The chains came off and it was on.
Placing his jewelry on the DJ booth, Lil Uzi Vert posed a rhetorical question akin to asking a dying man if he cared if the Grim Reaper took five.
“Y’all want me to come out there?” the hoodie-clad rapper wondered to cheers as lusty as the women who populate his alternately libidinous and tough-nosed songbook, his voice rising in the night air like a lungful of exhaled smoke.
And with that, he clambered down into the crowd, pressing flesh cold to the touch.
It was a bit past 10 p.m. on a chilly Friday evening and Day N Vegas was winding down.
The new three-day hip-hop festival debuted at the Las Vegas Festival Grounds to a sold-out throng of tens of thousands, a number of the more skimpily dressed attendees huddling around heat lamps, seeking warmth from flames in place of fabrics.
Lil Uzi Vert, a man who possesses a N’oreaster’s bluster, originally was scheduled to perform an hour earlier on the festival’s Jackpot stage, its largest, but because of travel issues, commanded the more intimate Roll the Dice stage instead.
It was a scene that encapsulated the no frills, more in-your-face feel of the festival itself, which largely eschewed the bells-and-whistles and carnival rides and craft beers and myriad selfie spots that have to come increasingly define the modern music fest.
At other popular Las Vegas destination festivals like the electronic dance music-centered Electric Daisy Carnival and the wider-ranging Life is Beautiful, the idea is to create an experience beyond the music, an immersive atmosphere where the performers on stage are but one part of the draw — and maybe not always the most important part, which is at least partially why EDC brands its fans “headliners,” for instance.
In this context, Day N Vegas felt like a bit of a throwback, a straight-up, unostentatious music festival with three stages erected upon acres of asphalt ringed by various food and drink vendors.
There were the requisite amenities, like a large, well-appointed V.I.P. section, and plenty of the aforementioned booze and snack offerings, meaning there was no dearth of Hennessy and fried pickles.
But the footprint was simple and easily navigable with the stages relatively close together, resulting in large clumps of humanity forsaking personal space for full-contact revelry.
As to be expected from a first-year festival, there were some hiccups.
For locals looking to drive to Day N Vegas, the lack of parking was a serious logistical hurdle, with most surrounding casinos closing their garages to non-guests, making ride-sharing really the only viable way of getting there without parking further down The Strip and either walking long distances or taking the monorail.
Not everything ran smoothly inside the festival, either.
R&B singer Summer Walker took to the Roll the Dice stage 20 minutes late only to exit after one song, presumably because of poor sound mixing, her voice barely audible amid the crashing drums and purring synth lines. She came back shortly thereafter, eventually joined by a couple of pole dancers, ending her performance after roughly 15 minutes amid vocal displeasure from the large crowd that waited to see her.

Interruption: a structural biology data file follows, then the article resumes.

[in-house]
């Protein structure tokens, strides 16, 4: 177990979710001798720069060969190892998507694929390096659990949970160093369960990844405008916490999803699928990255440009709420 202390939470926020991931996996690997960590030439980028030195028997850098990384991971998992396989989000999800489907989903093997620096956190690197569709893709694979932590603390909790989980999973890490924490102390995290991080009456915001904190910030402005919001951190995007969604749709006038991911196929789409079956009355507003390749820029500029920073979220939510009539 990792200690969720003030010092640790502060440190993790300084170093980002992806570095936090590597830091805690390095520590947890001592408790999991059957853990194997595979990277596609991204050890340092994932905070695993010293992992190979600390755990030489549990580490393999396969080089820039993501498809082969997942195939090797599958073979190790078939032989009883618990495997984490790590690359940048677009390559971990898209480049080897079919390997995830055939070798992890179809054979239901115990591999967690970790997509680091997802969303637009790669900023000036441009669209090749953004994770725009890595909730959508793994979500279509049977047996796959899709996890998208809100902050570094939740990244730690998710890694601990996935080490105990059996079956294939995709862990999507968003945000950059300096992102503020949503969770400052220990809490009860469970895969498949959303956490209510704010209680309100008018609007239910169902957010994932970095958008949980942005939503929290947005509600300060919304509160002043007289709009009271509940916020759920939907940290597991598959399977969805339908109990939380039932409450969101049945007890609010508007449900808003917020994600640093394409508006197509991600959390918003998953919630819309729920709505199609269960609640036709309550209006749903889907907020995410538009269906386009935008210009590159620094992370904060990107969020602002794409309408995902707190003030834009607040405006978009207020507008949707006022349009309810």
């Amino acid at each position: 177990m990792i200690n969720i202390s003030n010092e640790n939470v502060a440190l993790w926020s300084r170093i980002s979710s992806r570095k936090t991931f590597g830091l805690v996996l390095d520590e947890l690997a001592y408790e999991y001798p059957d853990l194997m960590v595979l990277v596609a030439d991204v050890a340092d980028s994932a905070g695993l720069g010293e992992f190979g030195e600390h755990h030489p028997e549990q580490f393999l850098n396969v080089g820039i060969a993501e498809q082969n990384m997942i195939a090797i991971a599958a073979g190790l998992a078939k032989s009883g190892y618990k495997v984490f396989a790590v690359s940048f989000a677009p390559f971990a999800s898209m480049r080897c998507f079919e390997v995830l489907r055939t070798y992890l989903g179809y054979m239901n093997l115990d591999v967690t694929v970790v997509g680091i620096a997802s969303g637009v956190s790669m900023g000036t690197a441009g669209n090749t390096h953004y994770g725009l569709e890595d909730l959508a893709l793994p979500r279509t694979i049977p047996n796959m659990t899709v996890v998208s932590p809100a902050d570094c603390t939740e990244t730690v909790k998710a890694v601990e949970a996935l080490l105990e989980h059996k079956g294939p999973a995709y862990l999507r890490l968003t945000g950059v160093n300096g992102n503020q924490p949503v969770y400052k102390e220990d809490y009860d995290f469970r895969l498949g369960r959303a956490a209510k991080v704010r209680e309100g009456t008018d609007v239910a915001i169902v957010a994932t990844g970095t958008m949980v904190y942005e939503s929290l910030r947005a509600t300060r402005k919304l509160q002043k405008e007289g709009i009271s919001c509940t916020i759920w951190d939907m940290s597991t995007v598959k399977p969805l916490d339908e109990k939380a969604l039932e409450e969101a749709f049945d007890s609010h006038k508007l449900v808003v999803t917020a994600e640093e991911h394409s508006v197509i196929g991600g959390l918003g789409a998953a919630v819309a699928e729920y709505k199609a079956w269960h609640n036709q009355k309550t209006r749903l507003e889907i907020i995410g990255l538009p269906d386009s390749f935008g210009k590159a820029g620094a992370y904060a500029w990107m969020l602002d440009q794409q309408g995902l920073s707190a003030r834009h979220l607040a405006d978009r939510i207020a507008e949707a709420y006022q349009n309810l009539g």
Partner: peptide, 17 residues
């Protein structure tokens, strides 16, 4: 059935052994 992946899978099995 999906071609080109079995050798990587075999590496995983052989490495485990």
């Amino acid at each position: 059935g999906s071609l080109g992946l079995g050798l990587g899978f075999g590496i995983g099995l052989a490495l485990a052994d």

“Girls need love too,” she sang during her closing number of roughly the same name.
Meanwhile, Lil Uzi Vert’s aforementioned tardiness also caused performance times and stages to be juggled, with headliner J. Cole’s set pushed back 20 minutes and R&B singer-rapper 6lack taking Lil Uzi Vert’s place on the Jackpot stage.
Speed bumps aside, the energy inside the fest was palpable, infectious.
“I know you weren’t expecting to hear real guitar and drums from the stage,” soul standout Miguel mused towards the end of his time on the Jackpot stage, but he wasn’t alone in playing with a backing band that added a more visceral, kinetic feel to his performance.
Fellow R&B changeling 6lack (pronounced “black”) also incorporated live instrumentation into his warm-blooded performance, where he gave smooth, impassioned voice to songs about conquering fears and warring with one’s ego, as did headliner J. Cole.
Prefacing his set with a mock campaign add hyping his forthcoming new album “The Fall Off” before taking to the red, white and blue adorned stage, Cole worked the crowd like a politician on the stump.
He fancies himself the conscience of contemporary hip-hop, and carries himself as such, rapping earnestly with his eyes closed, a lyrical technician with a heart as big as his vocabulary.
“I hope you know money won’t erase the pain,” he explained on opener “Middle Child,” sounding a recurring theme in his catalog: the pitfalls of conspicuous consumption.
Now, Cole certainly doesn’t decry wealth or its pursuit — “Since a youngin’ always dreamed of gettin’ rich” — but when he acknowledges the achievement of his childhood aspirations, he does so with an eye to the broader ramification of this fulfillment (“What good is the bread if my (people) is broke? / What good is first class if my (people) can’t sit?”).
Cole acknowledges the feeling of validation that comes from success, from having everything when you come from nothing.
He doesn’t want to rain on any fellow rapper’s hit parade.
But he does provide some food for thought on the American dream — a buffet, in fact — while also providing the road map to its actualization.
“If practice makes perfect,” he rhymed on “KOD,” “I’m practice’s baby. ”
And then he repeated the line again, because, you know, practice makes perfect.